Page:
"I was a bit apprehensive at first," says Ullmann. "I was concerned the glass might be a little opaque. This is a historic area, so I was concerned the glass might look different from the old windows. I was so pleasantly surprised when we couldn't tell the difference."

Even better, a big night-time storm that dumped rain on Baltimore also delivered clean windows. "The next morning there wasn't any dirt or residue."

Still, the fact that this glass will add 15 percent (and possibly more) to the cost of windows has industry insiders wondering if homeowners and others will bite. The thinking goes that large-volume homebuilders likely won't embrace the added cost. But those who build high-rises will, as will the owners of expensive custom houses that have windows in hard-to-clean locations.

Then there are the window manufacturers themselves. Although self-cleaning glass is all the buzz in the trade publications serving more than 1,000 North American manufacturers, many may take a wait-and-see attitude, if the past is any guide. Energy-saving low-E glass, for example, was introduced in the early 1980s, but is not used on even half the windows sold today.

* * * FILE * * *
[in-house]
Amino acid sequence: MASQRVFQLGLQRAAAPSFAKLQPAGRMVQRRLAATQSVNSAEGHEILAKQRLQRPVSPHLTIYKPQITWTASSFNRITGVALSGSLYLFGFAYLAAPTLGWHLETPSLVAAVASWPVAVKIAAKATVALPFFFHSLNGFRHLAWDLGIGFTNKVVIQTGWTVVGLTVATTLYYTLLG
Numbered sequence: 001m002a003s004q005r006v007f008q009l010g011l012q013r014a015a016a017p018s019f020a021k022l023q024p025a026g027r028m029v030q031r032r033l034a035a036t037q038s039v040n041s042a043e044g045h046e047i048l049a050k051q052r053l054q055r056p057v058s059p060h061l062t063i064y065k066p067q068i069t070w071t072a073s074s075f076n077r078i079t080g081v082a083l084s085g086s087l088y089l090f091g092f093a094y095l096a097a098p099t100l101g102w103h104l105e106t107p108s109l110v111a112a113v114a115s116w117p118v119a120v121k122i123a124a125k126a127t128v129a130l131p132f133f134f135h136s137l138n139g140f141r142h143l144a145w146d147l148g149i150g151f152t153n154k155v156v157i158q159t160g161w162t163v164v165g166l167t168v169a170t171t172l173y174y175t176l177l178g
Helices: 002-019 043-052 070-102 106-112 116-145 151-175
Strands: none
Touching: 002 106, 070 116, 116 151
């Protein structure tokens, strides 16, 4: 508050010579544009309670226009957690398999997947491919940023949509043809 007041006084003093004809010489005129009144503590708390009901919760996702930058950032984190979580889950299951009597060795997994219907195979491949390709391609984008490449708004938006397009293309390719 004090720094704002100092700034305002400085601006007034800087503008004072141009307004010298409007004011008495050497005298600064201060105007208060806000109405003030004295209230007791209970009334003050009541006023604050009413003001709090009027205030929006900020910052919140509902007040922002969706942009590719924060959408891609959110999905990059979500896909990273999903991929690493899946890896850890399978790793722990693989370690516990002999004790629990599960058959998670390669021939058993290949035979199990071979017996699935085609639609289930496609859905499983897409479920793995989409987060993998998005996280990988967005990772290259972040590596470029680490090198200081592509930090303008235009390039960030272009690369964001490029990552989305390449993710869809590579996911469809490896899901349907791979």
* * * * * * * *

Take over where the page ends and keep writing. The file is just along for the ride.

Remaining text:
Ted Vander Hoek, owner of Kirkland's Weathervane Window Co., says he thinks the new glass "is a heck of an idea if it works. But as with any new product, there certainly are questions about durability and effectiveness."

For example, what does a window look like if the top half is protected by eaves and only the bottom gets rained upon?

Vander Hoek has decided to wait a while before committing to the glass. But he thinks that time likely will come.

"There's no doubt in my mind, if we can look at this stuff as we looked at the low-E coatings, that the first ones out won't be the last ones out. They'll continue to develop the product and it will get better and better.

600450 Self-cleaning glass makes its Seattle Home Show debut